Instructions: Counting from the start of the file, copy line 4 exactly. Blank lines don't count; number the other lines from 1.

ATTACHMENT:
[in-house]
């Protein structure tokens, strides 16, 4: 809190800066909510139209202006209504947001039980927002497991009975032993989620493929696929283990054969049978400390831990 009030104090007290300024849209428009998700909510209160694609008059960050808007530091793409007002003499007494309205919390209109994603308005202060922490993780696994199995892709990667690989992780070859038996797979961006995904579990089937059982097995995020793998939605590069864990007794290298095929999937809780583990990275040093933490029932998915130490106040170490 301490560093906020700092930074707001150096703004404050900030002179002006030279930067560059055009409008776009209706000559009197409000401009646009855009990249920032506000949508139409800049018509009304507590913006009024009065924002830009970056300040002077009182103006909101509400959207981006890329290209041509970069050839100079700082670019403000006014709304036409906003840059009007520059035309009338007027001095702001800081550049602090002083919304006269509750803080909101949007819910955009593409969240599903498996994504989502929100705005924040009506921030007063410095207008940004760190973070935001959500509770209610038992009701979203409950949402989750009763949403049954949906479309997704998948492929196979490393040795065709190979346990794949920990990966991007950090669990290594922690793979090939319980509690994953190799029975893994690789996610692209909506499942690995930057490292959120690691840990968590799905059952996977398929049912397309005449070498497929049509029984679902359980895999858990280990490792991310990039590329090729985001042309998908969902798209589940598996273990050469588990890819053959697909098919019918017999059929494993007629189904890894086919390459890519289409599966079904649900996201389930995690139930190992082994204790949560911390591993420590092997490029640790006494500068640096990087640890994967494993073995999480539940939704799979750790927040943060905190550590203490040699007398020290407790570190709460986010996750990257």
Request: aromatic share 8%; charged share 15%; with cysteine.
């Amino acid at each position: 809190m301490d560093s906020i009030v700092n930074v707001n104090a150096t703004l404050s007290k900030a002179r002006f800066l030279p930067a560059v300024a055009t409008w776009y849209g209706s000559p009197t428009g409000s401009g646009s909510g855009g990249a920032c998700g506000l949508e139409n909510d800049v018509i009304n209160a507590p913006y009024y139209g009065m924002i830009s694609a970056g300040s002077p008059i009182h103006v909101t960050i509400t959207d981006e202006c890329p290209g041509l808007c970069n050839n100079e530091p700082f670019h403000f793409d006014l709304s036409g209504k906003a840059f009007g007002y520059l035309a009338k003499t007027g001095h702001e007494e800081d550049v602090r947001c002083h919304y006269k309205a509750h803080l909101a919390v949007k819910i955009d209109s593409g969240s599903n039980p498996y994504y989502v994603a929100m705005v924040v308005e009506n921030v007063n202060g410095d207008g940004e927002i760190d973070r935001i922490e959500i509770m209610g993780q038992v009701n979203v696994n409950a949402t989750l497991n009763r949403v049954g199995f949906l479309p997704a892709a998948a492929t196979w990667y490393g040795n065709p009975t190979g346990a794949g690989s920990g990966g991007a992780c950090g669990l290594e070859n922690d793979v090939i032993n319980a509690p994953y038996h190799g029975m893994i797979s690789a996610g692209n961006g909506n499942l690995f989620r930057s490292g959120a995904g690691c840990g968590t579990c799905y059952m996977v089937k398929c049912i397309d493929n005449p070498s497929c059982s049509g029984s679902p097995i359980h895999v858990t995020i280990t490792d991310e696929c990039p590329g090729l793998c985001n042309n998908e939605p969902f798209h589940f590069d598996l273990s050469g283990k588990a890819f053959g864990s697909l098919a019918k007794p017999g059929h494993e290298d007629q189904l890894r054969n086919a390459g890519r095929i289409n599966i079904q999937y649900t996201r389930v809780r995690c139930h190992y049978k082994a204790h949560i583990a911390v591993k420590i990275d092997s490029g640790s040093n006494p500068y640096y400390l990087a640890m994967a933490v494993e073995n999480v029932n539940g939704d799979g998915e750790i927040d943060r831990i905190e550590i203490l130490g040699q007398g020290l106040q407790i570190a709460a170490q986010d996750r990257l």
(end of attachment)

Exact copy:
């Amino acid at each position: 809190m301490d560093s906020i009030v700092n930074v707001n104090a150096t703004l404050s007290k900030a002179r002006f800066l030279p930067a560059v300024a055009t409008w776009y849209g209706s000559p009197t428009g409000s401009g646009s909510g855009g990249a920032c998700g506000l949508e139409n909510d800049v018509i009304n209160a507590p913006y009024y139209g009065m924002i830009s694609a970056g300040s002077p008059i009182h103006v909101t960050i509400t959207d981006e202006c890329p290209g041509l808007c970069n050839n100079e530091p700082f670019h403000f793409d006014l709304s036409g209504k906003a840059f009007g007002y520059l035309a009338k003499t007027g001095h702001e007494e800081d550049v602090r947001c002083h919304y006269k309205a509750h803080l909101a919390v949007k819910i955009d209109s593409g969240s599903n039980p498996y994504y989502v994603a929100m705005v924040v308005e009506n921030v007063n202060g410095d207008g940004e927002i760190d973070r935001i922490e959500i509770m209610g993780q038992v009701n979203v696994n409950a949402t989750l497991n009763r949403v049954g199995f949906l479309p997704a892709a998948a492929t196979w990667y490393g040795n065709p009975t190979g346990a794949g690989s920990g990966g991007a992780c950090g669990l290594e070859n922690d793979v090939i032993n319980a509690p994953y038996h190799g029975m893994i797979s690789a996610g692209n961006g909506n499942l690995f989620r930057s490292g959120a995904g690691c840990g968590t579990c799905y059952m996977v089937k398929c049912i397309d493929n005449p070498s497929c059982s049509g029984s679902p097995i359980h895999v858990t995020i280990t490792d991310e696929c990039p590329g090729l793998c985001n042309n998908e939605p969902f798209h589940f590069d598996l273990s050469g283990k588990a890819f053959g864990s697909l098919a019918k007794p017999g059929h494993e290298d007629q189904l890894r054969n086919a390459g890519r095929i289409n599966i079904q999937y649900t996201r389930v809780r995690c139930h190992y049978k082994a204790h949560i583990a911390v591993k420590i990275d092997s490029g640790s040093n006494p500068y640096y400390l990087a640890m994967a933490v494993e073995n999480v029932n539940g939704d799979g998915e750790i927040d943060r831990i905190e550590i203490l130490g040699q007398g020290l106040q407790i570190a709460a170490q986010d996750r990257l």